Sponsorship and management agreements for the Sears Centre Arena were extended by the Hoffman Estates village board Monday night, but one trustee complained that the decision was rushed.
Less than an hour after review by the village’s finance committee, the board approved a two-year extension to the existing sponsorship agreement with Front Row Marketing and a three-year extension to the existing arena management agreement with Global Spectrum, both with slightly revised terms.
Trustee Raymond Kincaid was the only person to vote against the two extensions.
“I feel strongly about bringing something to committee on the same night that it comes to the board to vote on and it isn’t very open to the public,” he said, adding that he wished the finance committee would have spent more time looking into what other companies had to offer and presented the findings to everyone, particularly for the sponsorship agreement. “It didn’t need to be done that quickly.”
The Front Row contract started in 2010, shortly after the village assumed ownership of the arena. Between 2010 and 2011, ads and sponsorships increased from about $148,000 to $225,000, sales for premium seating increased from about $361,000 to $613,000, while the trade of goods and services for ads decreased from about $312,000 to $279,000. Front Row changed sales representatives in 2011, resulting in increased sales, which led to its annual commission climbing from about $135,000 to $204,000.
Kincaid said he knows the change in sales representatives helped, but he is not pleased with Front Row’s “very outrageous prices” and their sale of advertisements on a Sears Centre Arena sign that went against the village’s signage rules.
Based on the extension approved Monday, if Front Row does not reach 50 percent of the forecast amount of cumulative sales by August 31, 2013, the village has the power to end the agreement early.
Assistant village manager for development Mark Koplin said the termination clause and two-year extension “keeps Front Row on a fairly short leash to hold their feet to the fire for performance.”
As for the management agreement, Global Spectrum enticed the village with $15,000 in annual savings on management fees for a three-year extension over a two-year extension. The village went with the deal.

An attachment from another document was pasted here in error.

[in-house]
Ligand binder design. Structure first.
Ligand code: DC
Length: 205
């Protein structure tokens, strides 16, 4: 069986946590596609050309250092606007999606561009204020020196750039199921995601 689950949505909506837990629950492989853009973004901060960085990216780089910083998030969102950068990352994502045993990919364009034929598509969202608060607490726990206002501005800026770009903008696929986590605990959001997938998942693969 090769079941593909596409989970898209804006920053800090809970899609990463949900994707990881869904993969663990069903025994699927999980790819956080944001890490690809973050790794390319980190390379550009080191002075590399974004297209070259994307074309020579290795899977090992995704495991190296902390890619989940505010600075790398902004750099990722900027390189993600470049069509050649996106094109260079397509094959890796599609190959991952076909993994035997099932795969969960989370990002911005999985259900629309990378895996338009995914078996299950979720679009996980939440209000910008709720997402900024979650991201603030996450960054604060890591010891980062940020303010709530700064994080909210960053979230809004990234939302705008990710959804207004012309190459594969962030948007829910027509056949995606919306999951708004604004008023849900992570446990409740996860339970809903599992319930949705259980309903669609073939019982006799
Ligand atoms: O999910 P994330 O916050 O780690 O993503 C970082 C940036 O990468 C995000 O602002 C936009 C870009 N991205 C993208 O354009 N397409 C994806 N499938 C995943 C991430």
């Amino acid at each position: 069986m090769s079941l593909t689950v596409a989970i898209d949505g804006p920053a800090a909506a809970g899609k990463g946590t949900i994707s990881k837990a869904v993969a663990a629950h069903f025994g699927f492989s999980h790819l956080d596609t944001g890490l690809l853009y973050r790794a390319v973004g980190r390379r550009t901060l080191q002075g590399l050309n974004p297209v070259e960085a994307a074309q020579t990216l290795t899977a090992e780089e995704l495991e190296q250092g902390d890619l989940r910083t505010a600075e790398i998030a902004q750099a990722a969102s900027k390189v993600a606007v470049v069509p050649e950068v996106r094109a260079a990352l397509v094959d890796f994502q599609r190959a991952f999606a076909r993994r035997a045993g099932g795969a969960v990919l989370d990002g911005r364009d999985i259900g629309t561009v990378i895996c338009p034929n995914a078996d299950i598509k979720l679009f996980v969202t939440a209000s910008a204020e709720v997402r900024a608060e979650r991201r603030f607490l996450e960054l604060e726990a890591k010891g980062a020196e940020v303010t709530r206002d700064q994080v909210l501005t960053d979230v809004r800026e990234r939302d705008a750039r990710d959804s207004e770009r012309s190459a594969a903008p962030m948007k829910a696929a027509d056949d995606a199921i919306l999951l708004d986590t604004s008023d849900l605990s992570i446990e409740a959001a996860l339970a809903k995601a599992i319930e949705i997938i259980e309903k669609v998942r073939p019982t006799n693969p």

Front Row Marketing and Global Spectrum are both subsidiaries of Comcast Spectacor, but the agreements are completely separate.
Kincaid asked if offering only one-year extensions was ever discussed and who was included in conversations about the agreements. Koplin said he along with Sears Centre general manager Ben Gibbs, the mayor, corporation counsel and the finance committee chairman were involved in the conversations and that they did not discuss one-year extensions.
“A one-year extension didn’t seem to be beneficial,” Koplin said about Front Row Marketing. “We want to keep them motivated for a longer term to keep the revenue coming in to the Sears Centre.”
Gibbs said having a contract that is longer than one year gives the sales representatives more time to get good sponsorships and shows that the arena is committed to them.
Kincaid also asked if there were some “big shows” coming up at the Arena. Hosts from the TV show “MythBusters” and country singer Alan Jackson are two well-known names that will be coming to the Sears Centre in the coming months, but Gibbs said Global Spectrum is focusing on what’s going to be profitable.
“We’ve really shifted out focus to professional events, not so much on shows,” Gibbs said, noting that the arena will have its biggest catering order ever during an upcoming Advocate Health Care event. “It’s events like this that have gotten us to our bottom line.”
Kincaid said he’d still like to see the building used more frequently and that soliciting local events like more graduations or college and high school sporting events could be beneficial.Copyright © 2013 Paddock Publications, Inc. All rights reserved.